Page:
Mr. Foley addressed  retroactivity - there are  provisions in the                                                               
bill  based  on  ACES  incentive credits.    He  mentioned  other                                                               
unintended  quirks in  the bill.    Pioneer has  worked with  the                                                               
administration on potential fixes.                                                                                              
Mr. Foley  spoke of lease  expenditures.  He voiced  concern that                                                               
excluded costs for legitimate expenses result in a tax.                                                                         
4:02:30 PM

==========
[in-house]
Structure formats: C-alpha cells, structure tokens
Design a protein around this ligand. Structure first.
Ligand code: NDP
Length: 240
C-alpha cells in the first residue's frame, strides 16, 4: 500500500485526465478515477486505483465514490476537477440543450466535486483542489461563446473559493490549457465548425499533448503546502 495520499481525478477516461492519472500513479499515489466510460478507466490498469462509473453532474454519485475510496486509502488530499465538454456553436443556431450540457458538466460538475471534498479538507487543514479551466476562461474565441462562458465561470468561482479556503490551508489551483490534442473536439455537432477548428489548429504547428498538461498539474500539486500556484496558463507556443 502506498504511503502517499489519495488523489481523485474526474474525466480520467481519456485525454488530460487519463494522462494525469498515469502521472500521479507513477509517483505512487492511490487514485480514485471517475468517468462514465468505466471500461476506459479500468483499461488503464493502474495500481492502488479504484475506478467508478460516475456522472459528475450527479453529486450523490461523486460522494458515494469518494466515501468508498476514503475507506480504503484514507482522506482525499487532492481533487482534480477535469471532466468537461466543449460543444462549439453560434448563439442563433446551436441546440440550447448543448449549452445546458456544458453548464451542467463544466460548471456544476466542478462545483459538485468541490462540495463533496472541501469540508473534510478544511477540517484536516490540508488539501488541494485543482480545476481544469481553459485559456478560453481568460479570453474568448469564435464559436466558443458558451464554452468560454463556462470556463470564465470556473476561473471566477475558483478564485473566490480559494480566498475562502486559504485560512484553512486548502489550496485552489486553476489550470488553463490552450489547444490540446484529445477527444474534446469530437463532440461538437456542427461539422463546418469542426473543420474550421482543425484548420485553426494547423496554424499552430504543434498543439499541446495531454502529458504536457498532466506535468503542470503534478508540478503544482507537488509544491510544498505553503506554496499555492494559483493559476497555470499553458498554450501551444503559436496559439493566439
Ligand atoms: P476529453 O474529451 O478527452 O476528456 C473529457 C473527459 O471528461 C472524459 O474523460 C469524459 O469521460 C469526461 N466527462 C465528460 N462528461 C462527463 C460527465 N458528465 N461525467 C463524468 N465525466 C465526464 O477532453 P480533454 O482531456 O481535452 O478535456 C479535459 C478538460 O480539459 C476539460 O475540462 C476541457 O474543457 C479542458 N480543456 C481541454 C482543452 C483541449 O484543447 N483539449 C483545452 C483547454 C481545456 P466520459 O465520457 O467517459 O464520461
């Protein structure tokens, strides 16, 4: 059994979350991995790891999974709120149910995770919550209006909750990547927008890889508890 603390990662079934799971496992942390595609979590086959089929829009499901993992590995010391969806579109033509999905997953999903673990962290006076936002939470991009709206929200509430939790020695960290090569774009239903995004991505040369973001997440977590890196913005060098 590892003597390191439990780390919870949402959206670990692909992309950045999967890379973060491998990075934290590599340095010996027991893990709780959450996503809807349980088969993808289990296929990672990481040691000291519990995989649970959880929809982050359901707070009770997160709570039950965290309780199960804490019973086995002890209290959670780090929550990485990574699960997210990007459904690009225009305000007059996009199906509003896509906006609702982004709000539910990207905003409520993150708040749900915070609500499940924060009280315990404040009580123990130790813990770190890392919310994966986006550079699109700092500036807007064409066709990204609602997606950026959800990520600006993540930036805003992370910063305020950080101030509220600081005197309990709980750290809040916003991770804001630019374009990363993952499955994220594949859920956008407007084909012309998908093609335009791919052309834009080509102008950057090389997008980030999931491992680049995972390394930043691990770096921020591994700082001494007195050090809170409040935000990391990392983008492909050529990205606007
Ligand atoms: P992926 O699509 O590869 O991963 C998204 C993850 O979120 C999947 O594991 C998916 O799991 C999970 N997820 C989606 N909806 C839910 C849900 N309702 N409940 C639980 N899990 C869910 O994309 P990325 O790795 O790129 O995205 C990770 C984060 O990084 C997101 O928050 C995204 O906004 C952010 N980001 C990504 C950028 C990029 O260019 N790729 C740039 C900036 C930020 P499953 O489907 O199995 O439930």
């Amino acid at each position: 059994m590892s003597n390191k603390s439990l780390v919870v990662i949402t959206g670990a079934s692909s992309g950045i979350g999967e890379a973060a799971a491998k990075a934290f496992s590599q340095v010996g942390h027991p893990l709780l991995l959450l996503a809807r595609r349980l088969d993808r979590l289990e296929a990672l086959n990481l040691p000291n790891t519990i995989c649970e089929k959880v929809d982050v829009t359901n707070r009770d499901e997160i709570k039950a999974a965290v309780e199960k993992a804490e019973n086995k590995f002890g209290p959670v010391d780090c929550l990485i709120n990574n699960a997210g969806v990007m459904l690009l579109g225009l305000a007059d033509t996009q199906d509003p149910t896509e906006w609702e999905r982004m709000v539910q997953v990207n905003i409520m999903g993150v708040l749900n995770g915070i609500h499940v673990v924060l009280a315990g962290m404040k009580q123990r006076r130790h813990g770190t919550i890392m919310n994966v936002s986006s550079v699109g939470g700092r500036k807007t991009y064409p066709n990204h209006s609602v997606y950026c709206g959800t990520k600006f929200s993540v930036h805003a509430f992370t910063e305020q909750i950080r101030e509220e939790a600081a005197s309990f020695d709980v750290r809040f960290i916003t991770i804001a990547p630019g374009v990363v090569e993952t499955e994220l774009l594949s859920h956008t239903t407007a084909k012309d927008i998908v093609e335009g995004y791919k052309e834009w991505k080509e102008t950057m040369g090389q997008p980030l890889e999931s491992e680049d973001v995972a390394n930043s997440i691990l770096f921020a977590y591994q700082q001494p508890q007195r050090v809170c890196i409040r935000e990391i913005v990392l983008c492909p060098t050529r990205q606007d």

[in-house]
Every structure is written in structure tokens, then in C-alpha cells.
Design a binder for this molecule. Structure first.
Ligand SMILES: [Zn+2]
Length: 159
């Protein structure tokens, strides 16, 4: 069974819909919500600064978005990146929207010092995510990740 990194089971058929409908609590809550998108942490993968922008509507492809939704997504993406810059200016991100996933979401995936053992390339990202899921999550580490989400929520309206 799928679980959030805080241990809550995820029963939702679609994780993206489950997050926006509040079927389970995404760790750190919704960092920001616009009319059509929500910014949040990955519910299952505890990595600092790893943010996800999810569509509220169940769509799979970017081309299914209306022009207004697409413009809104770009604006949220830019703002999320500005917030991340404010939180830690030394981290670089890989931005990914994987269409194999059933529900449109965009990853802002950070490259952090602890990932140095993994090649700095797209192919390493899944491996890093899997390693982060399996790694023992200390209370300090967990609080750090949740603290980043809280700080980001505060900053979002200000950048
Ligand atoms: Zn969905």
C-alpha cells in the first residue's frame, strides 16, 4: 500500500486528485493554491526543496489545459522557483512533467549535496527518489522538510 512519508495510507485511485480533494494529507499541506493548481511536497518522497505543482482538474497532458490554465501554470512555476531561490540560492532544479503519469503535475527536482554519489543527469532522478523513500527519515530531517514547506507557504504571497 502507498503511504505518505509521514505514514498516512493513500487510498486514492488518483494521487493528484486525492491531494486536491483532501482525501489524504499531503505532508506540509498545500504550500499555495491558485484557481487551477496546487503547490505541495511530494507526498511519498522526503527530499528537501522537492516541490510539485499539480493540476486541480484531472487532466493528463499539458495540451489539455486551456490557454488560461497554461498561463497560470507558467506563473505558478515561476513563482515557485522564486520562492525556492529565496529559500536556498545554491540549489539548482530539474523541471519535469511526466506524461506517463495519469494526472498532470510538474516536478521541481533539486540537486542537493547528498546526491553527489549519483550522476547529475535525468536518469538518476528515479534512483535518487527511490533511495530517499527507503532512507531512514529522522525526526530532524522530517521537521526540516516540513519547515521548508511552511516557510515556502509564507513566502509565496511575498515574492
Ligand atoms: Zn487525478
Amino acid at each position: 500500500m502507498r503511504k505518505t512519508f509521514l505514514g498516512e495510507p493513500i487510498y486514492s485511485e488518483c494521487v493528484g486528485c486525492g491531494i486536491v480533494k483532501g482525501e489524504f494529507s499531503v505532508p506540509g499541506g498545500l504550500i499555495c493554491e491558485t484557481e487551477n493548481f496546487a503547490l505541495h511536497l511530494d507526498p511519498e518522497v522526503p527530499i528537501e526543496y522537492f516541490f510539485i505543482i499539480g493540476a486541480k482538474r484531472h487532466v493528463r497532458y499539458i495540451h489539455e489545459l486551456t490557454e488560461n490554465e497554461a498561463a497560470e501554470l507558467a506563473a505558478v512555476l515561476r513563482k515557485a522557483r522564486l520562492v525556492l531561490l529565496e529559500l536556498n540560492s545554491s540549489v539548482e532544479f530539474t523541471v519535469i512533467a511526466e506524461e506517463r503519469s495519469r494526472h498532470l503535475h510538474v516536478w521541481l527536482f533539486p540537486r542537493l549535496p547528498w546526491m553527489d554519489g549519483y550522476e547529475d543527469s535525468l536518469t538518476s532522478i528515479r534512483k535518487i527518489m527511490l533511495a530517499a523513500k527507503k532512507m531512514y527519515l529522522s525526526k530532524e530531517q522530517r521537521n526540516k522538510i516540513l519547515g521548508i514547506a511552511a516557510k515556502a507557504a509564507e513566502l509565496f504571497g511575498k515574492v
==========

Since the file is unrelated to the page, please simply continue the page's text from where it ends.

Senator  Elton emphasized  that he  is looking  for results  that                                                               
everyone can live  with.  He questions Mr.  Foley's comparison of                                                               
government  take in  the Lower  48 with  Alaska's and  maintained                                                               
that  there  are  significant differences.    He  requested  more                                                               
information.   He suspected that  government take is one  part of                                                               
picture and company take is another.                                                                                            
Mr. Foley related that the difference between government and